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Chopping Wood: Snake With Pixi.js
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One of my very first programming experiences was in high-school when my friend Sam taught me a little javascript and html canvas to do simple animations. Oh how times have changed. I can still remember a conversation where a friend was enthusiastically trying to explain to me what a for loop was, and I was failing to see why this could possibly be useful. Now I [insert bragging about current coding skills].

This past winter I made a large 2-d scroller in HTML canvas. The graphics for the game are completely done with the drawing api that canvas gives you. Pretty quickly, I realized it was going to be impossible to make whole worlds, so I thought deeply until I remembered that nothing is sacred all is bits and used google sheets as a level editor. This turned the problem from impossible to merely a pain in the ass. I made working worlds, and yet the primitiveness of my tools still shown through. When you're manually redrawing every image every clock tick, anything remotely complex (i.e. arches) makes your animation really slow. I powered through, made my game, but knew that if I wanted to make any web based games in the future I was going to have to find a better paradigm.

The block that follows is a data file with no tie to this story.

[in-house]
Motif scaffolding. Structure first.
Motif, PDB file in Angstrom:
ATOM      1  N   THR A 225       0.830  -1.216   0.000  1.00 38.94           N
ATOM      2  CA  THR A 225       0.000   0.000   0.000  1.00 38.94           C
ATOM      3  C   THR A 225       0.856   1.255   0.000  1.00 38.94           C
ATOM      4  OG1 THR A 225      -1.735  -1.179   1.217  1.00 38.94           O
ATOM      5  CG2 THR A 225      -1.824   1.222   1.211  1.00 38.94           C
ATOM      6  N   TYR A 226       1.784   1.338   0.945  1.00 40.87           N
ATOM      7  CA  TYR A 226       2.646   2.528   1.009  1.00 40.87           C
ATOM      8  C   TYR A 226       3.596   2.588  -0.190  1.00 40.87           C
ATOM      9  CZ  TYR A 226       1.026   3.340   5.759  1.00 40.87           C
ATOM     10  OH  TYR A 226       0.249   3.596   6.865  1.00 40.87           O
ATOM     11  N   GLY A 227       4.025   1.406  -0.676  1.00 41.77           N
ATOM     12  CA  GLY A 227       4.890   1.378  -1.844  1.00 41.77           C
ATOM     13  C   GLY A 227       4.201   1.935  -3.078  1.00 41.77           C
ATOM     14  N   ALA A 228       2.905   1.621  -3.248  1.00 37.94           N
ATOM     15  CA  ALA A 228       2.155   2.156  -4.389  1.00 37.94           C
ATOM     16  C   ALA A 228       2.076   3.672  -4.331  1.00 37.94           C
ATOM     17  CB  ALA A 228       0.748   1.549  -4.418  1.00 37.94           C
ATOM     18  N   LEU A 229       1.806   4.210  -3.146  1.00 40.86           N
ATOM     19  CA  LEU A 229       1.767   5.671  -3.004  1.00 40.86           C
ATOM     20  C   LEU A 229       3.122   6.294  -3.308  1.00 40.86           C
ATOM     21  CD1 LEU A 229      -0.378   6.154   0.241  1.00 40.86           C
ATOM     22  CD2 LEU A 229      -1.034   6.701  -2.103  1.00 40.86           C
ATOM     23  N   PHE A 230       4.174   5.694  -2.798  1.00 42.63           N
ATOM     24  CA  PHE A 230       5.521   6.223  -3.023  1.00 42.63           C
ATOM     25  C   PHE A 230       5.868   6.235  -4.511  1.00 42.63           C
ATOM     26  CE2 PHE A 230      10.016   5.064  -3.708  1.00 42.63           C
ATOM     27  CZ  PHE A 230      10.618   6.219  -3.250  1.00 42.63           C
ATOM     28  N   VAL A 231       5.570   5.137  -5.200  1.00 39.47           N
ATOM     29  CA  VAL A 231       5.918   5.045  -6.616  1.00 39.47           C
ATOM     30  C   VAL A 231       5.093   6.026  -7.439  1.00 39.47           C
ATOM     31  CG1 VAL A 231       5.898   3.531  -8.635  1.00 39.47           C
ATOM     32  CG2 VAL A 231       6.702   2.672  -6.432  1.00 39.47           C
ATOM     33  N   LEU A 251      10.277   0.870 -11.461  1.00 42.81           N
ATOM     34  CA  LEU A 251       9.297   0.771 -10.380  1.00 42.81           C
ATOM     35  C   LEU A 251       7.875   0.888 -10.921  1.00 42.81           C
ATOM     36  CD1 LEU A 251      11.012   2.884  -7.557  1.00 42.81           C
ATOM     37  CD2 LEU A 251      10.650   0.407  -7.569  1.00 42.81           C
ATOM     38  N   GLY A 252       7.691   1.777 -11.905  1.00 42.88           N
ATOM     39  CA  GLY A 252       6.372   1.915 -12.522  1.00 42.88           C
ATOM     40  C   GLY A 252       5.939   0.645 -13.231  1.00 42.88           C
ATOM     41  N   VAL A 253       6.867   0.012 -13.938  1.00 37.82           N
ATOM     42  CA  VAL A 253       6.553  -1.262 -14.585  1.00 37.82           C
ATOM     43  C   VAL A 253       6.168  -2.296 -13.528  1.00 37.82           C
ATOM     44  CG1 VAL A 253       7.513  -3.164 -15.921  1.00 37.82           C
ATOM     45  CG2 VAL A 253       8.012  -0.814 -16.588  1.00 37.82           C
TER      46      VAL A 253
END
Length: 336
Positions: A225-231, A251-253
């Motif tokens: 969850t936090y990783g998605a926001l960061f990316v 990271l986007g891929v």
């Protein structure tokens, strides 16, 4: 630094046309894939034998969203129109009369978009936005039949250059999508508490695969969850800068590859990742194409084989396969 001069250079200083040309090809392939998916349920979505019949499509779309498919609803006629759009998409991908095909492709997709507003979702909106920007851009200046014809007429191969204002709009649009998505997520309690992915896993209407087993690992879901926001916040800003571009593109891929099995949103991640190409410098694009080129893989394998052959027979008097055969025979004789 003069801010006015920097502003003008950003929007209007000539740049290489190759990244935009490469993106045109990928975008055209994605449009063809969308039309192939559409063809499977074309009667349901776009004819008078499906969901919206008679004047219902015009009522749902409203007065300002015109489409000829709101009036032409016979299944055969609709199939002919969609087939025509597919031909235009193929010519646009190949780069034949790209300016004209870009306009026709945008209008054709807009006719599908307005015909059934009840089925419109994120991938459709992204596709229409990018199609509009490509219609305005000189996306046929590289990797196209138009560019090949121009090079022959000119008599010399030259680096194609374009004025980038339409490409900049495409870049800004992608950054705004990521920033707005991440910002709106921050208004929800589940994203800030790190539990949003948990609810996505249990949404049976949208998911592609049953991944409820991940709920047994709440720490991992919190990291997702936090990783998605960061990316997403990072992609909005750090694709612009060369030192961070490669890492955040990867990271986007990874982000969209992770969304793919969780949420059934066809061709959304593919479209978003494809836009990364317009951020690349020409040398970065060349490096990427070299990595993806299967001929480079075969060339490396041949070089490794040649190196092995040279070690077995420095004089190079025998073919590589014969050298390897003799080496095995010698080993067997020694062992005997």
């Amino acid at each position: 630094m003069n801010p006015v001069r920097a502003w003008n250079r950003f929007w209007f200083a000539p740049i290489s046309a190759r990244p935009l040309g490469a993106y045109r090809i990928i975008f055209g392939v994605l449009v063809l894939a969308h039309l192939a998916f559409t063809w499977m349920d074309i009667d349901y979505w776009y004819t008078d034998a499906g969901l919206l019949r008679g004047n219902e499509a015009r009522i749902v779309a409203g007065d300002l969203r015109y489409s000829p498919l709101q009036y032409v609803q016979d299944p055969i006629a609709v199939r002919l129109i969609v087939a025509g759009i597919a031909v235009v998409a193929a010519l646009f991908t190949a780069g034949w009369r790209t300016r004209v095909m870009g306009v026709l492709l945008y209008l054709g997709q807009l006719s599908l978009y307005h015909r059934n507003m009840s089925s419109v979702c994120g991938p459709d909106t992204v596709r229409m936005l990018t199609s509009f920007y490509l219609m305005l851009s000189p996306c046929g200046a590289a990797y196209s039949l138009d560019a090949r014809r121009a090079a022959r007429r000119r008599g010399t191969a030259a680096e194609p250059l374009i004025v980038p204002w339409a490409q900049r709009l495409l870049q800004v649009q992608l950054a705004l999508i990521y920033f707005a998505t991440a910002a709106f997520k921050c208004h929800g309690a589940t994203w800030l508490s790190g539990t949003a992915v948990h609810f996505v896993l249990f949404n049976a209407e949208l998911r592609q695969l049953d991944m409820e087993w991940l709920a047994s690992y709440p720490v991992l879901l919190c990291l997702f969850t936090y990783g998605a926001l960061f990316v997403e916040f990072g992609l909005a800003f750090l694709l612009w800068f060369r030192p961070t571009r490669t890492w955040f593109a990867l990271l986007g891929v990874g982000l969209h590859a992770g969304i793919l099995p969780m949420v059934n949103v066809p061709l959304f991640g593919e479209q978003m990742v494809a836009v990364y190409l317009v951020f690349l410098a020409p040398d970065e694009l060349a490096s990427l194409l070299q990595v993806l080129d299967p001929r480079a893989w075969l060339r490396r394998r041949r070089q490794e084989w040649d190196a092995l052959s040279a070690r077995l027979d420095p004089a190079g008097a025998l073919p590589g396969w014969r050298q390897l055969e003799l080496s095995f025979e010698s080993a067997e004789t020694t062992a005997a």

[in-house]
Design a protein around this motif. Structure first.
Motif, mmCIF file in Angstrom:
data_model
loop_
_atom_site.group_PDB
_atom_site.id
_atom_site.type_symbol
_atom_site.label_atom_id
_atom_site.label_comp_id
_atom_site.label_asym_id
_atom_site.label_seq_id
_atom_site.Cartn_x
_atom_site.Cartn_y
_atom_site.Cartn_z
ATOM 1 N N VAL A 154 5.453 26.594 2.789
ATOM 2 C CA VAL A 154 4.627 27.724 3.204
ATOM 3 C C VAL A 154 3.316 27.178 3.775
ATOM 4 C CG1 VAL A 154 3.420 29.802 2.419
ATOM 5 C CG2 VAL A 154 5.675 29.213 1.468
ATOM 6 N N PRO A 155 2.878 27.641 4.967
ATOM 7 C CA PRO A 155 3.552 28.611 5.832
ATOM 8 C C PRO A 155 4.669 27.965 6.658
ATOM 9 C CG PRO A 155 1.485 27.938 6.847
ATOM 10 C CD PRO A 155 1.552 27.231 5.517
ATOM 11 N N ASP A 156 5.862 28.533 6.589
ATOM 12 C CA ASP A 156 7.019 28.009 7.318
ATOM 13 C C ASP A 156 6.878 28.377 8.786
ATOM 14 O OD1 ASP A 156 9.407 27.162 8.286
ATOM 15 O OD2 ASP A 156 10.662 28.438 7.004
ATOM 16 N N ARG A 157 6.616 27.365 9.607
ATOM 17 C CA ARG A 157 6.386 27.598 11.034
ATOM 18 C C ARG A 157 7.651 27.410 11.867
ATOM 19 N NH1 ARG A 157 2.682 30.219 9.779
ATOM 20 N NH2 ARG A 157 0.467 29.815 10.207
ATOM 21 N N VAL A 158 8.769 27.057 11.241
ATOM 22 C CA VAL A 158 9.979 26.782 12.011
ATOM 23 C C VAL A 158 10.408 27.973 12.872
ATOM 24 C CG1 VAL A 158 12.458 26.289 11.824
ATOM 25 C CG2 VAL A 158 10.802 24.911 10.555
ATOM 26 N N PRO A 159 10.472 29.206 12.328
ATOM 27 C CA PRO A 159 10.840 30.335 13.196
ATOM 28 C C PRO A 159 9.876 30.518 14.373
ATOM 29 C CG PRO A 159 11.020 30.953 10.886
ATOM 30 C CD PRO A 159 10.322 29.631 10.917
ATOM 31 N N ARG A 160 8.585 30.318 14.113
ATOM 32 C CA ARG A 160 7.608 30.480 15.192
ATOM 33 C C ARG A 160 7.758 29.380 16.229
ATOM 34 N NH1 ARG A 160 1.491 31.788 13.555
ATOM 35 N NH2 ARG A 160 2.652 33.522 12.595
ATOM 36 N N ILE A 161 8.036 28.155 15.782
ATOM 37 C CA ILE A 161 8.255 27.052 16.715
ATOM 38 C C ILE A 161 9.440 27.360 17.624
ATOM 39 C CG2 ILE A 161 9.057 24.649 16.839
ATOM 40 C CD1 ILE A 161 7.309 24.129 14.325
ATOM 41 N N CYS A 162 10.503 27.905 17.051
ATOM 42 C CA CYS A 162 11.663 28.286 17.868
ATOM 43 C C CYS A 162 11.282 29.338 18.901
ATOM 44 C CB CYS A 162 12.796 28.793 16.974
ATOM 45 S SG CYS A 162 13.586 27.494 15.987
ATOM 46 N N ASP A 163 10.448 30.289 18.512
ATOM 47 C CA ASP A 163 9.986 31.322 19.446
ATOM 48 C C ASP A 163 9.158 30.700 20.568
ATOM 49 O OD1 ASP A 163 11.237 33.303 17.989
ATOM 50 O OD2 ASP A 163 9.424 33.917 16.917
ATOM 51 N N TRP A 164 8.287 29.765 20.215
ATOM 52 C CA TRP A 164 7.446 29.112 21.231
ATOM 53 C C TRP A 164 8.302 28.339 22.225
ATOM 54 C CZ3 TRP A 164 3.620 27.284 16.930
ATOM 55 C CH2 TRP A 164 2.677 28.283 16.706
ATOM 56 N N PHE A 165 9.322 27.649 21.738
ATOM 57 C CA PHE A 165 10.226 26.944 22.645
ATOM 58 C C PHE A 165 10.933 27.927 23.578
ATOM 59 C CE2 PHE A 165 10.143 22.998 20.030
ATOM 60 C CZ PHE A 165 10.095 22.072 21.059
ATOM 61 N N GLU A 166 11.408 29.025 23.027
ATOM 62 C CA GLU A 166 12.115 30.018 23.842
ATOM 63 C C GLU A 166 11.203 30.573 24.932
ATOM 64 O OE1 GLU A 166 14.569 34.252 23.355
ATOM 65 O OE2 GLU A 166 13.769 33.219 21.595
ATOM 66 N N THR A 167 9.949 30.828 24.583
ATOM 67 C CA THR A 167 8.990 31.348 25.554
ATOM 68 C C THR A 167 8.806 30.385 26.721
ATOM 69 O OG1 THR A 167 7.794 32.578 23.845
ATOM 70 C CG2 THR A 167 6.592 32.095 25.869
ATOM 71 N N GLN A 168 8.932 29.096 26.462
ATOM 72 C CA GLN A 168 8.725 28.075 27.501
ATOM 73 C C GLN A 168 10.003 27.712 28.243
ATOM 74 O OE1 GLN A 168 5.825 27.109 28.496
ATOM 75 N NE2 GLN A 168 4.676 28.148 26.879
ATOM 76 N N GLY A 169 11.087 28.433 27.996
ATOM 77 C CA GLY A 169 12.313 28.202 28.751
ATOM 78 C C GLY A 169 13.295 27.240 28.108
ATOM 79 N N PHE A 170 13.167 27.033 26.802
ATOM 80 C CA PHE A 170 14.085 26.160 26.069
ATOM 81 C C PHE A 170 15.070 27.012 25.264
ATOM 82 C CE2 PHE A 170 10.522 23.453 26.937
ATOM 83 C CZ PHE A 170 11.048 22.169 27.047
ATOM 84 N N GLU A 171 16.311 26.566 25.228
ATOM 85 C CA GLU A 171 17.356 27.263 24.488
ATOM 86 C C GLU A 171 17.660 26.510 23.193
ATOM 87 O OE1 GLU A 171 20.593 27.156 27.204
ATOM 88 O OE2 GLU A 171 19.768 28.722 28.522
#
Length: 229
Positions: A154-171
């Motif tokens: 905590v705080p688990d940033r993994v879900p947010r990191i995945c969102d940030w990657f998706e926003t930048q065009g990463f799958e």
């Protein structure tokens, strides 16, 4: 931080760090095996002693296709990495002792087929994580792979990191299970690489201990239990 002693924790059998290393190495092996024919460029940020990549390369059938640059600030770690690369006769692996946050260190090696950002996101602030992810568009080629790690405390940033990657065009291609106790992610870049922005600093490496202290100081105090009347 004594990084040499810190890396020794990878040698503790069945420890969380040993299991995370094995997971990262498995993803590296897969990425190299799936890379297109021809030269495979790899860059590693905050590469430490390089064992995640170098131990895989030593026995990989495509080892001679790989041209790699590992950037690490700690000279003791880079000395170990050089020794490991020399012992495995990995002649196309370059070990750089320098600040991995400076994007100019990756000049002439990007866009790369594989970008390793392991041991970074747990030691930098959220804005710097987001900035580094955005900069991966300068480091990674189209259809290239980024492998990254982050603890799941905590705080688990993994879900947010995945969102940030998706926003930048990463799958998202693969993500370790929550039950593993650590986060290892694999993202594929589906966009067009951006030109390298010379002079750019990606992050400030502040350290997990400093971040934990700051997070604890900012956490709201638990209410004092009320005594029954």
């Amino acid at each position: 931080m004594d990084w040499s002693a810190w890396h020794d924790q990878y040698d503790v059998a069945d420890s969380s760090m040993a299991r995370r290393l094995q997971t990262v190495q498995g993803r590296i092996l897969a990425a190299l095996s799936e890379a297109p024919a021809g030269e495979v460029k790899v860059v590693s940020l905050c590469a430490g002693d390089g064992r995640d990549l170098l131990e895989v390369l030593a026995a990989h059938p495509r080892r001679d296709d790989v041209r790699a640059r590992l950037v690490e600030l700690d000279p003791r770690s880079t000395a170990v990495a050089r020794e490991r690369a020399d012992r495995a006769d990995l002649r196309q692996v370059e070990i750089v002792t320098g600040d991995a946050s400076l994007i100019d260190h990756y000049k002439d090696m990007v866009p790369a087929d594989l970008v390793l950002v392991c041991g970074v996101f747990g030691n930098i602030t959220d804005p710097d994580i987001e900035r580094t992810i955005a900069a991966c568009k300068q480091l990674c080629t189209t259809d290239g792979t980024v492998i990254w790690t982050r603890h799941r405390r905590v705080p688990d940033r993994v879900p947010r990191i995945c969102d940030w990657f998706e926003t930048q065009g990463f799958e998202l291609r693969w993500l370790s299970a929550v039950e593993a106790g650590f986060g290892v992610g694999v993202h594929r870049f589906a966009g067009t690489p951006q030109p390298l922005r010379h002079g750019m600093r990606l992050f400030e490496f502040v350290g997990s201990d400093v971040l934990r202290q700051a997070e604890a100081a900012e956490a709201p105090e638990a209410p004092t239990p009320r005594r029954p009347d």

Enter pixi.js.

Meh, I don't really have a ton of high praise for it. It does the job I need it to. I took it for a test run and made this very pleasing snake demo. I also put together a template that should speed up the process of putting a pixi.js game on this website.

The basic gist seems to be that pixi.js uses WebGL to get your GPU involved in rendering the sprites you want displayed. The basic structure that I that you'd need to do 2d stuff (what I plan to use) isn't that different from canvas, so you if that was your shtick you shouldn't feel too out of place in pixi.